So, all that being true, why do I like the early stuff so much? Because of the rawness of it. The show was largely unscripted and it shows which means sometimes the actor/comedians fall a little flat and fumble for words or get stuck with pauses that go on a shade too long and the unscriptedness shows through but in contrast there was an... immediacy... for lack of a better word, there which lent things an unpredictable nature. You didn't know what was going to happen next because the very people doing the show didn't know what they were doing next!
There were also the reactions. At several points one actor or another would completely crack up at a joke someone else made. This actually ends up making things even more funny as you watch the cast struggle to get their own giggles under control. Laughter is contagious. This is especially true in some of the skits when viewers can clearly see Hodgson trying not to crack up.
There is also a kind of improv which can be seen when someone misspeaks or gets a common phrase slightly wrong which leads to another actor correcting them which almost invariably starts leading them on a bizarre (but funny) tangent.
There is also the lower production values. The fact that the Satellite of Love set is pretty much the main set with the mad scientists of Dr. Clayton Forrester (Trace Bealieu) and Dr. Laurence Erhardt (Josh "J Elvis" Weinstein) looking like they're being filmed in one of the broadcasting rooms of KTMA and the costumes are almost non-existent. And I like this as well. There's a kind of 'guerrilla filmmaking' to it and it reminds me of people currently on YouTube making their own little films with cheap computer effects and utilizing their friends and family members as cast and crew. These are people who make stuff out of the love of making stuff. These are people who believe in an idea enough to just fly by the seat of their pants in order to make it. And I really like people like that. Their product may not be the best in the world but I love them for their creative drive and the fact that they want to put something out there and see if anyone responds and if they do... great! If they don't well, then it's back to the drawing board. That kind of raw drive is there in the MST3K early episodes.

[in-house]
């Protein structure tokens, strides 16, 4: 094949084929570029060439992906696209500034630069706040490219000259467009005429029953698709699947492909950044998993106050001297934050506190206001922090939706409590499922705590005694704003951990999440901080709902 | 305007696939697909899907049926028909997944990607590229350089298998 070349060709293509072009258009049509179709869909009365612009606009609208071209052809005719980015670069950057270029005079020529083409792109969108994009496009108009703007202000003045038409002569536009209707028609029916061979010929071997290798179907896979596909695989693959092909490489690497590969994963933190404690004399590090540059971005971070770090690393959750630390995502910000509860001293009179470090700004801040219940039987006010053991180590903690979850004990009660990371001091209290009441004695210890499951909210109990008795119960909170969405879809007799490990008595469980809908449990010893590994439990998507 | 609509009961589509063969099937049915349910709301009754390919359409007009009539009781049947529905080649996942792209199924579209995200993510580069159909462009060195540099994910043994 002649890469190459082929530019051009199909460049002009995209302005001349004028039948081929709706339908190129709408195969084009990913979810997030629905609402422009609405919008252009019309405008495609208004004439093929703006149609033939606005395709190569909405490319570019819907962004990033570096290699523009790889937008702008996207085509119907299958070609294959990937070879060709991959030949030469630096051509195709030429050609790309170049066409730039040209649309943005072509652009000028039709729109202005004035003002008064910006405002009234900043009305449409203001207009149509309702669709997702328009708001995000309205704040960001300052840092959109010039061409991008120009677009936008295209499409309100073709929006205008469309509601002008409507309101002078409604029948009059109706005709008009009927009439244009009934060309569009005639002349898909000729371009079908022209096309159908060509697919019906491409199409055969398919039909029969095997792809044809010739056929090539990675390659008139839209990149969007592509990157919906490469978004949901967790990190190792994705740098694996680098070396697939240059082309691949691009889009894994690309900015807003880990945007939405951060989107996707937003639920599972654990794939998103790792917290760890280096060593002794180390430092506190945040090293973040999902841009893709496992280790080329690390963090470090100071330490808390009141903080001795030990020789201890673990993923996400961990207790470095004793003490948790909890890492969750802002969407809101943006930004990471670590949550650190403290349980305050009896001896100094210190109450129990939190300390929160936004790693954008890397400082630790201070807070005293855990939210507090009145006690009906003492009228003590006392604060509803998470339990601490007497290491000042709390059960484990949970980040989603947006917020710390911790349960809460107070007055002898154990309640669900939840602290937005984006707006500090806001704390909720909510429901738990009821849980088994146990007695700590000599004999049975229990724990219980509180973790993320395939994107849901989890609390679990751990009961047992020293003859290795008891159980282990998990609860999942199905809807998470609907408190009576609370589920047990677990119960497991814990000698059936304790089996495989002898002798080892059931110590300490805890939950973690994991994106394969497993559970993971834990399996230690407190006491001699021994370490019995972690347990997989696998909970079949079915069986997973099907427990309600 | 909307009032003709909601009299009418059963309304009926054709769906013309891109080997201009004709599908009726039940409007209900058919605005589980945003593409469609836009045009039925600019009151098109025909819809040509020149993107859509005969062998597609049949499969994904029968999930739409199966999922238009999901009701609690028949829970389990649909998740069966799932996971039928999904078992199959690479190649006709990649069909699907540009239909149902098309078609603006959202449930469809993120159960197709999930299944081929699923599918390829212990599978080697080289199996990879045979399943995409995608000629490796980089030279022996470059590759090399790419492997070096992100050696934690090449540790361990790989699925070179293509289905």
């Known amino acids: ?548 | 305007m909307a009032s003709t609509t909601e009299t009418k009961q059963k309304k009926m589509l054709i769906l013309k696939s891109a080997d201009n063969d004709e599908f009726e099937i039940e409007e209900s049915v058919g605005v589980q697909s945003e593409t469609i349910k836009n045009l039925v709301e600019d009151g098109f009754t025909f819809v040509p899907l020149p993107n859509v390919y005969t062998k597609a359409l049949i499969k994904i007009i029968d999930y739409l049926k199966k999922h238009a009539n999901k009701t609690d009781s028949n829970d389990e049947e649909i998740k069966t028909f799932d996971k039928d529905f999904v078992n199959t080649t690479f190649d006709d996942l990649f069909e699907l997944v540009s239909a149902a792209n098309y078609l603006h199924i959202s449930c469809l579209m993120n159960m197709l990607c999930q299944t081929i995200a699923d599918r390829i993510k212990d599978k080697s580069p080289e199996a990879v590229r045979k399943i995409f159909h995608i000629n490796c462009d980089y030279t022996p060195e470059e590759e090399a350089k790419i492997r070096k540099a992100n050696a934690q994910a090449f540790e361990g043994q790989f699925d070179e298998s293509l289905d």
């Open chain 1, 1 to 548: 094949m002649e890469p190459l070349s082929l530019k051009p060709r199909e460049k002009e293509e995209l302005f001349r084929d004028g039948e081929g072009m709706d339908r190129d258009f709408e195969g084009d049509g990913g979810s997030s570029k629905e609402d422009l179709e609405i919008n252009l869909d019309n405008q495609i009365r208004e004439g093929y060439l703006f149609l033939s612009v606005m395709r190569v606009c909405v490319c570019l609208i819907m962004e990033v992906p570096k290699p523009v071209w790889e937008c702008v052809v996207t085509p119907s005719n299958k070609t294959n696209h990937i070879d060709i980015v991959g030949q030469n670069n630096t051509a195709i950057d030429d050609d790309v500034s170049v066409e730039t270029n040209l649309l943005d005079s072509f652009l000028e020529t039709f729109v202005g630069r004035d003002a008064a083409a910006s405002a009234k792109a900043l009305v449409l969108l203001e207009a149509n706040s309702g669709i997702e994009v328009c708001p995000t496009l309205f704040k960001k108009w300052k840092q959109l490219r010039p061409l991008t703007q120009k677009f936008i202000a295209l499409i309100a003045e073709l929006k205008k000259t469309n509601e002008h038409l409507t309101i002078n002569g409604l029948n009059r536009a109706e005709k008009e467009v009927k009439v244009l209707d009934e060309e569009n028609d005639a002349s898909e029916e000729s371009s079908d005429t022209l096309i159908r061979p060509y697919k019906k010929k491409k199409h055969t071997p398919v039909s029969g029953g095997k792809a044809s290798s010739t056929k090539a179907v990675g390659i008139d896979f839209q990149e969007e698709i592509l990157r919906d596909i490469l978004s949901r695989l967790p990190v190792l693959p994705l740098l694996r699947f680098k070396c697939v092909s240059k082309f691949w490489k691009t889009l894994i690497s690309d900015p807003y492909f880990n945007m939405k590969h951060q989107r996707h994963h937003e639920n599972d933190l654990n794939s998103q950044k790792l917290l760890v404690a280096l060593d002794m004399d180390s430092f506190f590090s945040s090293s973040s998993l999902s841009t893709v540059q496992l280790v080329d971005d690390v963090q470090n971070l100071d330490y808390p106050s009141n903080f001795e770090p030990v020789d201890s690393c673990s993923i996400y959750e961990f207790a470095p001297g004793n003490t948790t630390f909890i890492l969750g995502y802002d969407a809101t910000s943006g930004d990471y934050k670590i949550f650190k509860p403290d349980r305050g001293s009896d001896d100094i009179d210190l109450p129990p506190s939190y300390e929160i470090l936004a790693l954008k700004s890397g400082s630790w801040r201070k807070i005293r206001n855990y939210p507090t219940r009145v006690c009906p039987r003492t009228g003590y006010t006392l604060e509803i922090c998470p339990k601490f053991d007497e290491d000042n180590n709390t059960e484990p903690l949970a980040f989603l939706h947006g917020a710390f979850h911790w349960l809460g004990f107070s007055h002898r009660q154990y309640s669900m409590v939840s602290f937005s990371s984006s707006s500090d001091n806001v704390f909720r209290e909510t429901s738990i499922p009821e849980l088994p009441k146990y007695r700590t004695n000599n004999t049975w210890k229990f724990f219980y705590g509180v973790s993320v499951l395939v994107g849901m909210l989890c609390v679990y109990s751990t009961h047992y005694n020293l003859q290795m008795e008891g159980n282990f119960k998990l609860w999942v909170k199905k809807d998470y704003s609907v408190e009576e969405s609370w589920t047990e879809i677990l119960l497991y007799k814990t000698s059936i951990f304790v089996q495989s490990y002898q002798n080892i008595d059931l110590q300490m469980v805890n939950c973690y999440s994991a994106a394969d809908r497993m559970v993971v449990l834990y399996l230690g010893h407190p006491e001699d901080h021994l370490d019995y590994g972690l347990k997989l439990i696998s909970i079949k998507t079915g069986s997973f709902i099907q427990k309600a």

I also love the early stuff for the evolution. Viewers get to watch the show evolve over time. You can see the gears meshing and you can see how ideas and concepts change. For example, in the earliest episodes the Mad Scientists (or "Mads" as they later became known) don't appear at all outside of the theme song. Later they make brief appearances then finally they start making more frequent appearances with regular banter among each other as well as Joel. This is also the start of Beaulieu's character of Clayton Forrester calling Joel various pet names. You can practically see the actors throwing this out there, then deciding they like it and working on expanding it.
In short, if you've never seen the early stuff go and take a look. I love it. I love it for what it is and I love it for what it isn't. And if that makes me bananas well, then, dress me up in yellow and stick a Chiquita sticker on me.